While governments are agreeing on data management and education authorities are establishing systems for the provision of content in a classroom, only the teacher can coordinate these at the point where it matters—in the learning program and experience of the individual child.
As analysis of data in the context of an individual child’s growth is essential to 21st century schooling, the most valuable resource for a 21st century schooling system is a highly professional teacher. We need better tools to assist teachers in the task, but the tools in turn create demand for teachers who can use them to advantage.
This may mean increasing specialisation within and around the teaching profession, as few teachers will be good at all the roles required. There may be specialisation in case management—bringing together resources and services to achieve the learning of individual children or groups of children and to ensure the program is working.
Matching appropriate resources to each child creates a renewed role for teacher-librarians. There is likely to be specialisation, at a premium, in structuring programs based on the analysis of data and knowledge of individual need.
We will have to adapt to the degree of flexibility and change that schools require to organise classes, groups, cohorts and teachers work in order to meet the needs of students and their communities.
There are opportunities for the teaching profession. Already we have seen the recruitment of Australian/New Zealand teachers for international and global schools, many of which are profit-making; for English as a second language (ESL) teachers in the ‘Asian Tiger’ countries; for the USA; and for online learning in corporations and the tutoring market.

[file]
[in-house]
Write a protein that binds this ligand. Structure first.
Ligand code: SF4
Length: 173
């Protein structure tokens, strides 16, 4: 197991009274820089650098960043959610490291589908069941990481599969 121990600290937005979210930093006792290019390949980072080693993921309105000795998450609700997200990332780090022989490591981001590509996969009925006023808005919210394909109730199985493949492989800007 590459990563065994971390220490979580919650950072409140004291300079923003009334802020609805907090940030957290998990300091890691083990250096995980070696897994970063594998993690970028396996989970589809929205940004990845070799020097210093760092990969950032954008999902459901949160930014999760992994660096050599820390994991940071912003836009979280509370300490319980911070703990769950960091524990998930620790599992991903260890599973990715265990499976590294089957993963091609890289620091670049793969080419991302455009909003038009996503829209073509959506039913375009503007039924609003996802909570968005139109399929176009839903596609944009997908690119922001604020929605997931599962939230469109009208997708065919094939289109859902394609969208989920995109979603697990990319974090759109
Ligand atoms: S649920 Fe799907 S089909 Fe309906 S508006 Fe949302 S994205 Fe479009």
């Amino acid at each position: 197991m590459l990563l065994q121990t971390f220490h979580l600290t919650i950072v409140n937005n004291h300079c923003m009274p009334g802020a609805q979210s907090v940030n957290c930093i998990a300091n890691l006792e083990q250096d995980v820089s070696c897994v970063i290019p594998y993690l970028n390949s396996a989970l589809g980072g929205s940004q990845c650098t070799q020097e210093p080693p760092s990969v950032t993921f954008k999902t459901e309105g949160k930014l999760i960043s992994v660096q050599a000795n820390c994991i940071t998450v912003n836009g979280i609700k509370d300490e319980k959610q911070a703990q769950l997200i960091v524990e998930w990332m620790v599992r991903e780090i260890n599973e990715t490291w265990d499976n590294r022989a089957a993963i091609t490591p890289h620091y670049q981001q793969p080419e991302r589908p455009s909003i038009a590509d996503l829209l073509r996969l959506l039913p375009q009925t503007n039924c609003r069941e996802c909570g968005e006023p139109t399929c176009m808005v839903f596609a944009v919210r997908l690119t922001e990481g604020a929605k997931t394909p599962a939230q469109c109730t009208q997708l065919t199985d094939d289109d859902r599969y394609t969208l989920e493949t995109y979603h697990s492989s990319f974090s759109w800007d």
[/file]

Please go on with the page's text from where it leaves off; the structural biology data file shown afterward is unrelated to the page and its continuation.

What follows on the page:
The next few years will see schools coordinating more information in a professional and consistent way from various parts of the schooling chain—program, assessment, resources, demographic and pedagogical information—to accelerate and smooth the learning pathway of individuals.
US schooling is being shaped by the need to remain globally competitive in the face of the rise of China and India as industrialised and ‘knowledge’ nations. Given population and position, Australia and New Zealand have rarely been complacent about our need to export and connect with other nations. We are familiar with the human resource driver for our schools, even if a little sceptical.
The times and the technologies offer opportunities for teachers to shape the way schooling is provided, to use the technology available to add value to the supply chain in ways that not only revolutionise learning, but expand, shape and strengthen the teaching profession.
ICT confidence is essential to this opportunity. For example, ICT-supported peer-validated knowledge is increasingly being used to balance expert knowledge. On the one hand, this means students and parents swap experiences to balance the expertise of teachers. On the other, it means teachers can use the same technologies to activate peer networks and validate their own judgements.
The profession can quickly and continuously build its own knowledge bases. The trend to self-service in electronic transactions not only means that parents and students can access enrolment, report and student management data, but that teachers can build, maintain and adapt knowledge bases, networks and services that advance student achievement.
If our vision is for child-centred, personalised schooling, it follows that teachers, confident and capable in the use of technological assistance, are more, rather than less, important. The teacher is the only one who can realise the benefit of the technology, who can bring it to bear where it counts—the individual child.
Systems, companies, programmers, content developers, engineers and governments can help construct the tools, even mandate their use, but transformation happens when teachers appropriate ICT for the journey.